With larger data volume and increased frequency of data collection, data analytics lies at the core of MDMS. It is also useful for sending alerts regarding meter-based conditions such as usage pattern, events and system performance. Further, it interconnects the metering system with a broad range of enterprise applications.
MDMS helps in undertaking business analytics and deciphering meaningful trends from consumer meter data. It provides valid, complete and uniform data for improving customer service, operating the consumer portal, and undertaking distribution planning and tariff analysis. It also manages the commands from the downstream.
Further, MDMS helps in real-time event management and notifies voltage anomalies, outage/restoration and tampering. Besides, the data gathered from the system helps in undertaking historical/ predictive analysis. This helps in maintaining a secure, comprehensive control point of information to achieve the business objectives. The availability of accurate information from MDMS helps meet user expectations and enhances consumer satisfaction. It also helps in improving the operations of a discom through improved asset management and quick response to power quality disruption.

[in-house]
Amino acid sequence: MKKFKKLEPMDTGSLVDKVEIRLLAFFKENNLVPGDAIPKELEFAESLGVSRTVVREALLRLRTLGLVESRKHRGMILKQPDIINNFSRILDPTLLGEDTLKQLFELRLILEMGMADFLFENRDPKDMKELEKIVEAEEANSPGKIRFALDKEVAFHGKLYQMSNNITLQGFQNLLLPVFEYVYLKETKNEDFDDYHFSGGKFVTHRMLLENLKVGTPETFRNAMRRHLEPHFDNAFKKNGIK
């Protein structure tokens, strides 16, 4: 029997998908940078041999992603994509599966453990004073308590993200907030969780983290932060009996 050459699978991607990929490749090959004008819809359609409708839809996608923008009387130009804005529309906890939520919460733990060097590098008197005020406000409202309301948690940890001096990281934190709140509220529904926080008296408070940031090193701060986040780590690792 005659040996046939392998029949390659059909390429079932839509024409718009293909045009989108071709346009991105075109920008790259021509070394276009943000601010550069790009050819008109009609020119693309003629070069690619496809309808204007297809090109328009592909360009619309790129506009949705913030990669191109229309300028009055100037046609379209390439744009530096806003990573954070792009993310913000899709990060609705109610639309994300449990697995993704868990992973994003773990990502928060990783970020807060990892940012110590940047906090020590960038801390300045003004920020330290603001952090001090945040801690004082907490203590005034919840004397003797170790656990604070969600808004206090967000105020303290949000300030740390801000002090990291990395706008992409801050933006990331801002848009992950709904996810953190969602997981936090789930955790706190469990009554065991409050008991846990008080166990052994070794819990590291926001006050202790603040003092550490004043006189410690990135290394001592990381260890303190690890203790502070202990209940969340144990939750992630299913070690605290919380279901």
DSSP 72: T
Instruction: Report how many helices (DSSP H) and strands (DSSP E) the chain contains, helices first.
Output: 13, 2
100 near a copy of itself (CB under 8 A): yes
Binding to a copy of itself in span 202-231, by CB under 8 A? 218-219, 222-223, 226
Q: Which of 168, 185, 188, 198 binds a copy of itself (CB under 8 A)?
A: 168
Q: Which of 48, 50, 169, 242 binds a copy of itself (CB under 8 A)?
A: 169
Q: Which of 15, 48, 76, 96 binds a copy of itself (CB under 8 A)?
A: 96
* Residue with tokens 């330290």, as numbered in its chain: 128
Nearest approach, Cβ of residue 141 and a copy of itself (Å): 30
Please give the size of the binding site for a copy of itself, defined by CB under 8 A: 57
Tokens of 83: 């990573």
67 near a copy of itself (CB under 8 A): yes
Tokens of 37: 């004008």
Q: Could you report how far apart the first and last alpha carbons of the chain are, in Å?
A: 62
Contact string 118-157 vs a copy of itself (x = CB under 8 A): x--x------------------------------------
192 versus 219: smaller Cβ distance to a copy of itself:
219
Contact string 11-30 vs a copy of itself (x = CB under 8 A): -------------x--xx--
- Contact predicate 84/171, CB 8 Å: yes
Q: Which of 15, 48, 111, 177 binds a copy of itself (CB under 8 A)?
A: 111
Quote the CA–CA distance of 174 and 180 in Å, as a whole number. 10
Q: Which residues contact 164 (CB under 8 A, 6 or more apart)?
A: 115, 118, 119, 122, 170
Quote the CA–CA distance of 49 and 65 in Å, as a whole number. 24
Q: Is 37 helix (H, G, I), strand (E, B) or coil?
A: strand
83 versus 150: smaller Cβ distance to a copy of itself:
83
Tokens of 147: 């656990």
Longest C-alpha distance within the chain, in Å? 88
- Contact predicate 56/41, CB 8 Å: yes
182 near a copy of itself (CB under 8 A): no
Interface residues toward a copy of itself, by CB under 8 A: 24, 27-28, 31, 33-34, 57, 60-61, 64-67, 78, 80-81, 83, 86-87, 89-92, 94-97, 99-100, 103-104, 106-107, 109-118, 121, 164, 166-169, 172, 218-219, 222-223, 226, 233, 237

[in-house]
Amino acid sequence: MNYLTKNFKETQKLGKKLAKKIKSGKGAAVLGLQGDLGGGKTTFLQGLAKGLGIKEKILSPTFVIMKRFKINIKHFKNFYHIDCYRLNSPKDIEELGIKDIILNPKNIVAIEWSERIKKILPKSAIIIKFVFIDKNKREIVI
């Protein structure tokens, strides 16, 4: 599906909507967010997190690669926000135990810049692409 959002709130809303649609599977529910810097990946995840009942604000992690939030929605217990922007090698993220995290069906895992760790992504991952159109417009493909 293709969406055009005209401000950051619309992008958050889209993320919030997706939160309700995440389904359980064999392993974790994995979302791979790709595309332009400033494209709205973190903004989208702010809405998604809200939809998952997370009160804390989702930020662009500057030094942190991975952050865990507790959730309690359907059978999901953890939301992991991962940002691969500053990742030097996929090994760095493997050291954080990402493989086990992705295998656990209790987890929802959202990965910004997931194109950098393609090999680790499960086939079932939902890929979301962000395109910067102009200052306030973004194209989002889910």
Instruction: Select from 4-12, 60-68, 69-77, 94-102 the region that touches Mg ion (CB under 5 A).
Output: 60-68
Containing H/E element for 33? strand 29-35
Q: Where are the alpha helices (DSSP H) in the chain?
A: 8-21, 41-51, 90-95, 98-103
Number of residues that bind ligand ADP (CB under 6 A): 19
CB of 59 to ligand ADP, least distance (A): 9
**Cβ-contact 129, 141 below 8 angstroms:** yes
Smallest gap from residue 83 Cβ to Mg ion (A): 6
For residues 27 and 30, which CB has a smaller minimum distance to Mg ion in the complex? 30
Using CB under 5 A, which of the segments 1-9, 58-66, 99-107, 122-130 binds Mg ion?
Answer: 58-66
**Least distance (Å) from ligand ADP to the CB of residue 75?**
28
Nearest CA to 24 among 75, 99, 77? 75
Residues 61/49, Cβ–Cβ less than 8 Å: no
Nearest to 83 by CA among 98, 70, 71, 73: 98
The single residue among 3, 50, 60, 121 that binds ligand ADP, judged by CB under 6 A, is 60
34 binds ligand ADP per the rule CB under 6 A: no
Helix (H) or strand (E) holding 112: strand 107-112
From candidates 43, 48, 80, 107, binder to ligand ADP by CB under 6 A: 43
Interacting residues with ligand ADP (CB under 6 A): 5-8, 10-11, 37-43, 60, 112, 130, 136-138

Key considerations for MDMS selection
Several factors need to be considered by utilities during the selection of MDMS. The MDMS application should fulfil the user requirements and have a user-friendly interface, allowing them to easily access meter data, export data to any third-party system, as well as analyse data and communicate with head-end system (HES)/meters on a real-time basis. In addition, the MDMS application should be robust enough to handle a large quantum of meter data (almost 80 million records per day per 100,000 meters), with the efficient use of compute power and memory (highest compression ratio at database level), which will ensure less disk space.
The application should enable quick integration with the customer information system and HES. It is preferable that integration is done using CIM 2.0 as it complies with all the cybersecurity standards. There should be minimal use of third-party tools (such as database replication and queuing applications) to reduce the licensing cost. Also, it should be easy to maintain and customise with resources available in the open market. Once these things are in place, knowledge transfer becomes easy and implementation of MDMS becomes faster.